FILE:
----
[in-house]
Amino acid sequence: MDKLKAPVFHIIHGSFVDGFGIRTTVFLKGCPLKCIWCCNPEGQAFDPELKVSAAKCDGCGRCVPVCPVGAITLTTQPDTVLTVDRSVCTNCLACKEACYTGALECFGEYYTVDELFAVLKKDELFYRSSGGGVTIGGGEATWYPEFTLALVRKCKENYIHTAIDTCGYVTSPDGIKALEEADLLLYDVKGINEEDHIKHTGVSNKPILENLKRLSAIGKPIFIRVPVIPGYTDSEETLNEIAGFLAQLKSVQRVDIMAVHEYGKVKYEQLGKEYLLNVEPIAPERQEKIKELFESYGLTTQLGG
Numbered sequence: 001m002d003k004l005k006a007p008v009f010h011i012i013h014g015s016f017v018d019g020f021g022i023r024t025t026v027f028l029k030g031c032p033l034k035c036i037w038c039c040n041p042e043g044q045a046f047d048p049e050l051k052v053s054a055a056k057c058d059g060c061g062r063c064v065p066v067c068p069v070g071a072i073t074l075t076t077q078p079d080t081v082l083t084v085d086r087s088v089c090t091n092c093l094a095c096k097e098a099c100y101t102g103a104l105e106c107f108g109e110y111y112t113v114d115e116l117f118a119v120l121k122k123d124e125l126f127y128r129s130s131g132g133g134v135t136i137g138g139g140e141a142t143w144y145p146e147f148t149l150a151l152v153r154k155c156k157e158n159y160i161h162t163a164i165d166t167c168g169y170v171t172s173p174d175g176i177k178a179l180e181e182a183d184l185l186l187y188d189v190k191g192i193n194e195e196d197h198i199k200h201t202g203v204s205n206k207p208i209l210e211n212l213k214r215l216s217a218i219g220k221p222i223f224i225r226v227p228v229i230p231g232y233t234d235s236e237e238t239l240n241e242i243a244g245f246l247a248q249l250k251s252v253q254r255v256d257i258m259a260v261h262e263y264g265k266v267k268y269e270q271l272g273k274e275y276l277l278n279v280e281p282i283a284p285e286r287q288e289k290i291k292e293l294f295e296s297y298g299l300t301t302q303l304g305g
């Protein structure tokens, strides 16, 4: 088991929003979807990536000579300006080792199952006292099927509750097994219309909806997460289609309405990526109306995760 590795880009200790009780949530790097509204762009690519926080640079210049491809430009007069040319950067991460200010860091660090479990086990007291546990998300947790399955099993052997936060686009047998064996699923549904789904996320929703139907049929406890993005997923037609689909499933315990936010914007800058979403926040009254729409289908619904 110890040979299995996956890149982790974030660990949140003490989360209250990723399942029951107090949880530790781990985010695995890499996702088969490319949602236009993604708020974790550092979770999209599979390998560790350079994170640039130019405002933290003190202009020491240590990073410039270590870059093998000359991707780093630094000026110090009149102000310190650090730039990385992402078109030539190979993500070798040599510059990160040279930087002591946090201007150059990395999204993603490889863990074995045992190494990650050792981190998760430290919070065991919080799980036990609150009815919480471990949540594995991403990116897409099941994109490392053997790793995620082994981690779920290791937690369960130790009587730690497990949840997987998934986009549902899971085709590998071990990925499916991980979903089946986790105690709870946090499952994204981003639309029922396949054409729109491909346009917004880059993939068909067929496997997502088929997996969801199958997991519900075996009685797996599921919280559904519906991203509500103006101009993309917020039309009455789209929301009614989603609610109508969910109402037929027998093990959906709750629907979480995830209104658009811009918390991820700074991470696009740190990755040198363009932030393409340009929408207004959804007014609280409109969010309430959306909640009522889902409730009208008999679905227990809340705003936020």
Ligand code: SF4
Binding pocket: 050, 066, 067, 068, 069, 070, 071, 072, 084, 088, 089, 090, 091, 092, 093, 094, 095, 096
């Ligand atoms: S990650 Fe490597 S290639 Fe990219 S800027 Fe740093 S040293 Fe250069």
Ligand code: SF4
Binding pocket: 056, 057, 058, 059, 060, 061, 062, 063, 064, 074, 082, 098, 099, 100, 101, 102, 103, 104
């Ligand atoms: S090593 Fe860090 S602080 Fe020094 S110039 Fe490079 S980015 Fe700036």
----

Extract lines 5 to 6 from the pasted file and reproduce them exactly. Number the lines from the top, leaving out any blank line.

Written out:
Ligand code: SF4
Binding pocket: 050, 066, 067, 068, 069, 070, 071, 072, 084, 088, 089, 090, 091, 092, 093, 094, 095, 096